Tuesday, July 24, 2007

Kirchmeier on The Death Penalty Abolitionist Search for a Wrongful Execution

Jeffrey L. Kirchmeier, CUNY School of Law, draws from history to contribute to the innocence debate in a new article, Dead Innocent: The Death Penalty Abolitionist Search for a Wrongful Execution. The article has been published in the Tulsa Law Review. Here's the abstract:
This article examines the debate about whether or not an innocent person has been executed in the United States. The article begins by discussing several famous historical claims of wrongful execution, including Sacco & Vanzetti, the Rosenbergs, and Bruno Hauptmann. Then, the article addresses some recent claims of wrongful executions, including the case of Larry Griffin and the impact of a 2006 DNA test in the Roger Coleman case.
The article evaluates why some innocence claims attract more attention than others. By recognizing two obstacles in wrongful execution claims and by establishing five lessons for gaining media attention, the article uses its historical analysis to extract strategy lessons for death penalty abolitionists.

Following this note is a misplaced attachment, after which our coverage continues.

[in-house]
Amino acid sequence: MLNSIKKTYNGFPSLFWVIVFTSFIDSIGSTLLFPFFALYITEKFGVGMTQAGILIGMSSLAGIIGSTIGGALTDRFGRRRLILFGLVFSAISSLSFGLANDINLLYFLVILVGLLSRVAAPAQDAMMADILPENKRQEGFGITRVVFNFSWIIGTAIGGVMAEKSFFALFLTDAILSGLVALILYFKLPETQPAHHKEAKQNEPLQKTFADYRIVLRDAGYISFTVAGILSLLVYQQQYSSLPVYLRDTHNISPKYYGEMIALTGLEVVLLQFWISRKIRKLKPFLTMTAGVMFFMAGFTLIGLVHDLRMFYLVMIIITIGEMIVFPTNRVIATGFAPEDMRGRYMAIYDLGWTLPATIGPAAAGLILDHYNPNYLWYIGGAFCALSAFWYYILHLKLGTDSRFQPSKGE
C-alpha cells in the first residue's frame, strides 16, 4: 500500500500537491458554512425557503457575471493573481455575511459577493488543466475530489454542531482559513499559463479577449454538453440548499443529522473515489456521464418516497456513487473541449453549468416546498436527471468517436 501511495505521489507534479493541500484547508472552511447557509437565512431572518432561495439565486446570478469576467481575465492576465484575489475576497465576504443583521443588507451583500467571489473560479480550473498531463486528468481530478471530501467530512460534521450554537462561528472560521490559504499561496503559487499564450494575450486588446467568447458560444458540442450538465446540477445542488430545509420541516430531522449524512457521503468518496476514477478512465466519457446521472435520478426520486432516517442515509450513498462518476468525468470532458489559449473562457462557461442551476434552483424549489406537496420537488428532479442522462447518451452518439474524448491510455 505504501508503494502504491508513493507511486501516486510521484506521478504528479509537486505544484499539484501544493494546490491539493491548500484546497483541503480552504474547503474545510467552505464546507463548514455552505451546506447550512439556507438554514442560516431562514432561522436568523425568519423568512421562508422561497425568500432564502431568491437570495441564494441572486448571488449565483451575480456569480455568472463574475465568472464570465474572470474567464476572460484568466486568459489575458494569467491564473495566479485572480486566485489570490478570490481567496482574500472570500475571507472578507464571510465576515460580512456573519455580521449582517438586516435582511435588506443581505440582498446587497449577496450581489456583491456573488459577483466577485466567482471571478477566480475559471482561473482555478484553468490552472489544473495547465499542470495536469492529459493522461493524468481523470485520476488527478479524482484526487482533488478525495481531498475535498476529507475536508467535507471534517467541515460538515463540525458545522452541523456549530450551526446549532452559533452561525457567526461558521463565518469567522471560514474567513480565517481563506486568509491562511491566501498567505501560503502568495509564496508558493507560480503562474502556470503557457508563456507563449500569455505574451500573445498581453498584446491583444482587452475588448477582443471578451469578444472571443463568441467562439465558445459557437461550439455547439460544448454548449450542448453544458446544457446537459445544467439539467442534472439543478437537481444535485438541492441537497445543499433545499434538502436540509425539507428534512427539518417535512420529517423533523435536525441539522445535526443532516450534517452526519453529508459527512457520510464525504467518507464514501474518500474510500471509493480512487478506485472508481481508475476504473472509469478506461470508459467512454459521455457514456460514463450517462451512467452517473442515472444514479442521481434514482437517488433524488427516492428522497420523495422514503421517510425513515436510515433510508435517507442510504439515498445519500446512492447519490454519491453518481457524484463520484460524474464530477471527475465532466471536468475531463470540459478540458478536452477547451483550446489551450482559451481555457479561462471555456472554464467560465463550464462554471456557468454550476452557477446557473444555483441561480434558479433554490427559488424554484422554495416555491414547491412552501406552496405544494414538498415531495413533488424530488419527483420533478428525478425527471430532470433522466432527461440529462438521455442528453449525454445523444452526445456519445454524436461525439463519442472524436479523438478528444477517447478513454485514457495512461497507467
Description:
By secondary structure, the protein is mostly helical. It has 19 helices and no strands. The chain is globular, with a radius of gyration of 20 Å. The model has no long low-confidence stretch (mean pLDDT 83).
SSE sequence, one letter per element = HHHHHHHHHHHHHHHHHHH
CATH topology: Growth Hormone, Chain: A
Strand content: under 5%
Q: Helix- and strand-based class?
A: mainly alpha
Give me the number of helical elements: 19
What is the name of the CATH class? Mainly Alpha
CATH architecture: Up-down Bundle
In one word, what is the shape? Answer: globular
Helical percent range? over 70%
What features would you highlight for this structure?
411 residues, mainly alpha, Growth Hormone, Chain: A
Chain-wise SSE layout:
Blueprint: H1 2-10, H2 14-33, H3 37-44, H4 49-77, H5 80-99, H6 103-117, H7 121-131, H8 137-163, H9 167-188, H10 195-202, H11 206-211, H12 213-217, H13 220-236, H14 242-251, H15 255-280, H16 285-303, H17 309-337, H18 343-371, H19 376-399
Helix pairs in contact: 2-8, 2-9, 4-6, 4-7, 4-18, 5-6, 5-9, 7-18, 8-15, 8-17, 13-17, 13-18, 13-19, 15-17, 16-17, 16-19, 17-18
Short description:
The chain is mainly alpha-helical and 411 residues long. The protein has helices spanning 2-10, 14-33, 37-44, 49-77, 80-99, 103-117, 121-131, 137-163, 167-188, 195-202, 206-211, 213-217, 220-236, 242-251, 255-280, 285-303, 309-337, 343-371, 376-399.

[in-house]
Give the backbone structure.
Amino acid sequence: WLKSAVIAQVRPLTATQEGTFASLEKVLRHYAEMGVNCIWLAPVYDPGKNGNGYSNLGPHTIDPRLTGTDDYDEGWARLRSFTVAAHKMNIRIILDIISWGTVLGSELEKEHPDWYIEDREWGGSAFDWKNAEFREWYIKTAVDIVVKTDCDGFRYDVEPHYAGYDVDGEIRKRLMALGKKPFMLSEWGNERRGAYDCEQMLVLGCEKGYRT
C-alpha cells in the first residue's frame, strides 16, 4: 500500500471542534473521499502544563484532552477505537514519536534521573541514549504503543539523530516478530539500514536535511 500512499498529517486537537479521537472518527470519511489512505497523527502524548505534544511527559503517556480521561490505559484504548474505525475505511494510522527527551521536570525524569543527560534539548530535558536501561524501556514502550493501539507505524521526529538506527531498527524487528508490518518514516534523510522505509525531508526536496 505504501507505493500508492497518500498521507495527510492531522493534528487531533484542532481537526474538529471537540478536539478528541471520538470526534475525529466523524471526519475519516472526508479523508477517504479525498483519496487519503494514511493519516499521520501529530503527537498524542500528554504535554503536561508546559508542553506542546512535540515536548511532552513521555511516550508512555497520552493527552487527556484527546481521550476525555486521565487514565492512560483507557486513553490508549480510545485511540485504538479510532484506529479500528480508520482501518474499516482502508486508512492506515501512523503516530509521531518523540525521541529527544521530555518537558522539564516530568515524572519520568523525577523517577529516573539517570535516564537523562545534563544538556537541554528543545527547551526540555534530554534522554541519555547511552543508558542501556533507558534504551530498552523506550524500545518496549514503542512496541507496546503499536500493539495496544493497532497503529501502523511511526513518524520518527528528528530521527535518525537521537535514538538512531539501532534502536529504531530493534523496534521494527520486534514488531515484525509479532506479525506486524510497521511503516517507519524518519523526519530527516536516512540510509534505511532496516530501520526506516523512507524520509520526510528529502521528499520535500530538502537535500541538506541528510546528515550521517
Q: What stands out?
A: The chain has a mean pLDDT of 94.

Finally, the article weighs arguments regarding the pros and cons of an abolitionist strategy that focuses on proving the innocence of executed individuals. The article concludes that wrongful execution claims provide an important argument for abolitionists, but such claims should not be presented as the main or only problem with the death penalty.

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